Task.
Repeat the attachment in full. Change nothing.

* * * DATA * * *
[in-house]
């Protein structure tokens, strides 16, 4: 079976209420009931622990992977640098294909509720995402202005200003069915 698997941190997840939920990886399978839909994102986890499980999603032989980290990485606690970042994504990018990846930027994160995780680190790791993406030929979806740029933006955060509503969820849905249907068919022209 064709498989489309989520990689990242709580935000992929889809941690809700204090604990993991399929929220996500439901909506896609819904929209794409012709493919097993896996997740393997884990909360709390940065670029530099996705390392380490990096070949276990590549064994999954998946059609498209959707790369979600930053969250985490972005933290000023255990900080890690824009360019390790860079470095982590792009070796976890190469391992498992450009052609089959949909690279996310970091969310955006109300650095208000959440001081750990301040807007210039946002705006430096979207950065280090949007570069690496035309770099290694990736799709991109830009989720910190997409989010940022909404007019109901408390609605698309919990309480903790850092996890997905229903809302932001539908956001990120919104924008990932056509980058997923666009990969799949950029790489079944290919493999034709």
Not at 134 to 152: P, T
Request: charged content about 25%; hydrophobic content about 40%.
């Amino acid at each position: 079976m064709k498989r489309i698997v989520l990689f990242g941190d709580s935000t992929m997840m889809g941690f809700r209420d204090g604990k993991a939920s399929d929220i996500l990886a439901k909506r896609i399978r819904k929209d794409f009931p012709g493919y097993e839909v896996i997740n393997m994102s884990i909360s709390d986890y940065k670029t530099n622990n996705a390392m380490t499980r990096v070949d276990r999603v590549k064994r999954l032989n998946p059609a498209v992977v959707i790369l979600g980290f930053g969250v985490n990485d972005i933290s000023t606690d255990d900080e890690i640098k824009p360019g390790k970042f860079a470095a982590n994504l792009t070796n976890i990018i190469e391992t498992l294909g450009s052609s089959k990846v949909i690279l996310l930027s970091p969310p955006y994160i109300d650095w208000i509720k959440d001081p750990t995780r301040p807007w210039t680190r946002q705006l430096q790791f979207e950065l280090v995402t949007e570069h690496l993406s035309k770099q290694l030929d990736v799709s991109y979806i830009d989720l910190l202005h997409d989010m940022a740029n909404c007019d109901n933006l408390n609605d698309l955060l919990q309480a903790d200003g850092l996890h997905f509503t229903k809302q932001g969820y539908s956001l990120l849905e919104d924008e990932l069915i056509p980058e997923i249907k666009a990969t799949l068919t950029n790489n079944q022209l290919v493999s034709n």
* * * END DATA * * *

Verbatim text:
[in-house]
């Protein structure tokens, strides 16, 4: 079976209420009931622990992977640098294909509720995402202005200003069915 698997941190997840939920990886399978839909994102986890499980999603032989980290990485606690970042994504990018990846930027994160995780680190790791993406030929979806740029933006955060509503969820849905249907068919022209 064709498989489309989520990689990242709580935000992929889809941690809700204090604990993991399929929220996500439901909506896609819904929209794409012709493919097993896996997740393997884990909360709390940065670029530099996705390392380490990096070949276990590549064994999954998946059609498209959707790369979600930053969250985490972005933290000023255990900080890690824009360019390790860079470095982590792009070796976890190469391992498992450009052609089959949909690279996310970091969310955006109300650095208000959440001081750990301040807007210039946002705006430096979207950065280090949007570069690496035309770099290694990736799709991109830009989720910190997409989010940022909404007019109901408390609605698309919990309480903790850092996890997905229903809302932001539908956001990120919104924008990932056509980058997923666009990969799949950029790489079944290919493999034709």
Not at 134 to 152: P, T
Request: charged content about 25%; hydrophobic content about 40%.
């Amino acid at each position: 079976m064709k498989r489309i698997v989520l990689f990242g941190d709580s935000t992929m997840m889809g941690f809700r209420d204090g604990k993991a939920s399929d929220i996500l990886a439901k909506r896609i399978r819904k929209d794409f009931p012709g493919y097993e839909v896996i997740n393997m994102s884990i909360s709390d986890y940065k670029t530099n622990n996705a390392m380490t499980r990096v070949d276990r999603v590549k064994r999954l032989n998946p059609a498209v992977v959707i790369l979600g980290f930053g969250v985490n990485d972005i933290s000023t606690d255990d900080e890690i640098k824009p360019g390790k970042f860079a470095a982590n994504l792009t070796n976890i990018i190469e391992t498992l294909g450009s052609s089959k990846v949909i690279l996310l930027s970091p969310p955006y994160i109300d650095w208000i509720k959440d001081p750990t995780r301040p807007w210039t680190r946002q705006l430096q790791f979207e950065l280090v995402t949007e570069h690496l993406s035309k770099q290694l030929d990736v799709s991109y979806i830009d989720l910190l202005h997409d989010m940022a740029n909404c007019d109901n933006l408390n609605d698309l955060l919990q309480a903790d200003g850092l996890h997905f509503t229903k809302q932001g969820y539908s956001l990120l849905e919104d924008e990932l069915i056509p980058e997923i249907k666009a990969t799949l068919t950029n790489n079944q022209l290919v493999s034709n």